'I'm Warm, Dammit' (Blake Rutherford On Politics)

by Blake Rutherford  on Wednesday, Jul. 2, 2014 10:28 am  

Blake Rutherford

There is a certain culture of understanding in political life that success is measured in pertinent part by personality. That is to say, more times than not the likeable candidate is victorious.

Consider that since 2000 likeability in politics has been measured by the response to a simple question: With whom would you rather have a beer? More people answered that question in favor of George W. Bush in 2000 and 2004. He won those elections, and naturally people assumed that had a lot to do with it.

But likability isn't necessarily predictive. A study in the British Journal of Political Science published after the American presidential election in 2000 found that in the 13 American presidential elections between 1952 and 2000, Republicans won four of six elections in which their candidate had higher likability ratings. The Democrats won only three in seven of those contests in which their candidate did.

Notably, few people recall that Richard Nixon, Jimmy Carter and Bob Dole all had higher likability ratings than their opponents on the Election Days in which they lost to John F. Kennedy, Ronald Reagan and Bill Clinton respectively. After all, when we think of mystique and charisma in the modern political era, those last three certainly come to mind.

Politics can be odd that way, I suppose, and voters often surprise us. What is important from that study, however, is that from time to time, performance can trump persona, which has a great deal to do with why Carter lost and Clinton won.

Two weeks ago Manu Raju published a story in Politico that began, "Democrats are trying to turn the critical Senate race here into a personality contest, and Republican Tom Cotton knows he's got a serious problem if they succeed." This, Raju concluded, prompted Cotton to launch "an all-out charm offensive."

"My entire campaign is not just an effort to show warmth, it's an effort for people to get a sense of me and know who I am — not just know how I vote," said Cotton, as quoted by Raju. "They can look at the House roll call and figure that out."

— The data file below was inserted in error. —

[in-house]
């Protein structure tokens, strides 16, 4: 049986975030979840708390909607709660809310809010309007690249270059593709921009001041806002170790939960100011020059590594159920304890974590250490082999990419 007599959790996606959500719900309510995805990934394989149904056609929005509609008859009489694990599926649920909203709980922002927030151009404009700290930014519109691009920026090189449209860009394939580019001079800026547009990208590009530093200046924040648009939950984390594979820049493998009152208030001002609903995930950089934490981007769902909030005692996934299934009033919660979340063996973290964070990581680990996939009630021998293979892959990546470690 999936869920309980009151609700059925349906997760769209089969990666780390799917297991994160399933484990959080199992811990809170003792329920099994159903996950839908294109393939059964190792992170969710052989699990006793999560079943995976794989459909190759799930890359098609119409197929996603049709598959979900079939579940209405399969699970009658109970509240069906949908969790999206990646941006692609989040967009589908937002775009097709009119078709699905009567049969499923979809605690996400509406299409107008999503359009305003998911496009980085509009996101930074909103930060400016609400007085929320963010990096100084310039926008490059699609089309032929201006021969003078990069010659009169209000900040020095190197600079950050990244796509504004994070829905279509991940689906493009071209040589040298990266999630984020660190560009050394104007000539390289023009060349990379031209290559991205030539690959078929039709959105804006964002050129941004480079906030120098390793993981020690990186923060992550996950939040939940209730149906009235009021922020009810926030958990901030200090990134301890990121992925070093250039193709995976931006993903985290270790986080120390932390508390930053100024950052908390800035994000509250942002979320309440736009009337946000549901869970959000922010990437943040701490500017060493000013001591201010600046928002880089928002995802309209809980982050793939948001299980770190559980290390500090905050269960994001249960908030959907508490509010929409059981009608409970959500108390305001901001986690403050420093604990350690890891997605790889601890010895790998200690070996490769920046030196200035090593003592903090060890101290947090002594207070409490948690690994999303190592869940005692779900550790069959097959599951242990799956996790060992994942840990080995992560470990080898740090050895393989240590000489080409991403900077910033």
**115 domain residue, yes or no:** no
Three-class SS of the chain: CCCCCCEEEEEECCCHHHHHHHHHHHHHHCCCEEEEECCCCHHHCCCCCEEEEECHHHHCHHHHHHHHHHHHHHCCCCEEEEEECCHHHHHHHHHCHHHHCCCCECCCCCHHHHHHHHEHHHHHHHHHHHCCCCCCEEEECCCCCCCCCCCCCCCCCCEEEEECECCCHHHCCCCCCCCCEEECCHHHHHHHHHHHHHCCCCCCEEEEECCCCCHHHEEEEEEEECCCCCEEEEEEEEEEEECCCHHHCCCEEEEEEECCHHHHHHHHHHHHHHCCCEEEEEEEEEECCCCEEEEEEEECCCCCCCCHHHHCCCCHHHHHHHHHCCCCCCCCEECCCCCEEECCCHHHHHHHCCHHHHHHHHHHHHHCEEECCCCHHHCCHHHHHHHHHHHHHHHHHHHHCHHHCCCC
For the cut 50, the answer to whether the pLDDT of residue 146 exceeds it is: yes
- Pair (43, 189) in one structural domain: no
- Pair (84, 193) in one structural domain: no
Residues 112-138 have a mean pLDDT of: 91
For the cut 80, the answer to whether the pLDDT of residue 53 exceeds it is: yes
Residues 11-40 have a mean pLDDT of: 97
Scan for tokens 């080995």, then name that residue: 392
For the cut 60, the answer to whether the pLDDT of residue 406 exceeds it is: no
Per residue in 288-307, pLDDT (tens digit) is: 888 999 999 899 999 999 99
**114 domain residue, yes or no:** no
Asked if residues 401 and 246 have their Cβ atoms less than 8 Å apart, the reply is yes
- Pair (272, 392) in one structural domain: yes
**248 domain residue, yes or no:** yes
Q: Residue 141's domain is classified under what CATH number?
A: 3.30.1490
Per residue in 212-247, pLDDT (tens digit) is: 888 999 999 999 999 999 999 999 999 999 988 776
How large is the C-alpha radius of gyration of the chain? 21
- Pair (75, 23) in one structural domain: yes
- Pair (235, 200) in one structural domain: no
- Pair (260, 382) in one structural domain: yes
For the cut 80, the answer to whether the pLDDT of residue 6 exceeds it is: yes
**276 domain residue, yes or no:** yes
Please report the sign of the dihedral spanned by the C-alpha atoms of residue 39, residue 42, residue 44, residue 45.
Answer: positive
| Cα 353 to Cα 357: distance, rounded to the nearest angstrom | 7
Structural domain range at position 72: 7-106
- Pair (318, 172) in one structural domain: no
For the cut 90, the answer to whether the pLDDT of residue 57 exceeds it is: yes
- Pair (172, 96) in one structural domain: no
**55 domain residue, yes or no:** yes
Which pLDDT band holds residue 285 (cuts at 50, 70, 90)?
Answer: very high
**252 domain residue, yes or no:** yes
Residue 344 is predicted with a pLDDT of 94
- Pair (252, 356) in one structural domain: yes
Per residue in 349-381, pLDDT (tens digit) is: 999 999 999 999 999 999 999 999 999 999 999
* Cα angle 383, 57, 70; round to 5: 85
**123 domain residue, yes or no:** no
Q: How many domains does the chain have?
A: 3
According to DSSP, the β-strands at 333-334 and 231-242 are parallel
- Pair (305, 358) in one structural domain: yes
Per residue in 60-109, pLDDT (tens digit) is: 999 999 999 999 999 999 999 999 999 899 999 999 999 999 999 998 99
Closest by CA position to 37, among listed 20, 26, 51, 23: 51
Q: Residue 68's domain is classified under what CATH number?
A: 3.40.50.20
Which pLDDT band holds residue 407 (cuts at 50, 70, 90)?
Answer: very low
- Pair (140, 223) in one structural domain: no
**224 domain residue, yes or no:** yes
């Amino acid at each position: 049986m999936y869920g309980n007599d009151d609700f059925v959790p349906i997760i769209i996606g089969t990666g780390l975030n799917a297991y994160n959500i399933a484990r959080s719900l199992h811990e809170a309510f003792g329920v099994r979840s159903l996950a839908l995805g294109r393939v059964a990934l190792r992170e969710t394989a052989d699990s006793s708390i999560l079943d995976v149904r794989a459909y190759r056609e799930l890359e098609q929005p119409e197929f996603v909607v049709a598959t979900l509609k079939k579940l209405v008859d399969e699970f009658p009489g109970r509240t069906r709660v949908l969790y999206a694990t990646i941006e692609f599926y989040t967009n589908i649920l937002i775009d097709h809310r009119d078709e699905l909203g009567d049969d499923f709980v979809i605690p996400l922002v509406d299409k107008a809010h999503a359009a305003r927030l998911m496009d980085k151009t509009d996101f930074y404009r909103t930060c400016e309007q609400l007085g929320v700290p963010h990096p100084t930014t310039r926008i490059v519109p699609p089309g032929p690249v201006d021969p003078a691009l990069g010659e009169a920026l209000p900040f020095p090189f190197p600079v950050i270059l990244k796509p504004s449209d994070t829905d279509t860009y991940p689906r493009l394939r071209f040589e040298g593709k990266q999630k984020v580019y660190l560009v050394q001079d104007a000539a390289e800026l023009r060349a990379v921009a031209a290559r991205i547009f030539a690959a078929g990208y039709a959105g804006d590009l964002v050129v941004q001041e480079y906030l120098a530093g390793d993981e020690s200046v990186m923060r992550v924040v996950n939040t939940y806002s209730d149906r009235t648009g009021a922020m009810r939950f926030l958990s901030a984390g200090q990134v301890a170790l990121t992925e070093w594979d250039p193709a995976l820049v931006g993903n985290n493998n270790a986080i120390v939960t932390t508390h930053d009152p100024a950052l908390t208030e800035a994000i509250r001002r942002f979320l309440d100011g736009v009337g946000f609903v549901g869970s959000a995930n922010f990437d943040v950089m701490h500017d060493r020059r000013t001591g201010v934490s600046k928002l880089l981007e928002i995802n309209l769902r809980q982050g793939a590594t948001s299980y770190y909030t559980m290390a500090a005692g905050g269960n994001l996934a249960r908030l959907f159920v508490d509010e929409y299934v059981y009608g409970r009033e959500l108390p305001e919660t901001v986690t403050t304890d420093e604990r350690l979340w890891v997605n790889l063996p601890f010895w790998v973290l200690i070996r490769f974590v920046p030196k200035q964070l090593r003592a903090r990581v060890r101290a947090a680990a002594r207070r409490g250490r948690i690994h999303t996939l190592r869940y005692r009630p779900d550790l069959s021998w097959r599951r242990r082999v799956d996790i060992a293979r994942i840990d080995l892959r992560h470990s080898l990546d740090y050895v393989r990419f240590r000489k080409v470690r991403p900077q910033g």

The unfortunate reality for any politician — particularly one who, like Cotton, has represented one-quarter of the state for less than two years — is that fewer people probably care. As much as Arkansas still holds itself out to be a retail state, many more people will inform their opinion from the millions of dollars television advertising that currently coat the airwaves.

So the important question is not whether Cotton is likable. Rather, it is whether Cotton is up to the task of governing, and that is why much more attention is being paid to his voting record and positions on key issues.

While it may seem like enough to placate the narrowing Tea Party with, in my view, harsh votes against student loan reform, disaster aid for FEMA as well as victims, much-needed farm legislation, raising the debt ceiling, compromise on immigration, the Paycheck Fairness Act for women, or, in the affirmative, providing support for the draconian Republican Study Committee budget that would dramatically reshape Medicare, those positions are very real things with serious consequences for many more people.

The same is true for his attitudes toward women's health, evidenced by his opposition to the Violence Against Women's Against Act, his support for "personhood," and his gleeful response to the Supreme Court's decision in Burwell v. Hobby Lobby to permit corporations to discriminate against women on religious grounds by denying them access to contraception coverage under the Affordable Care Act.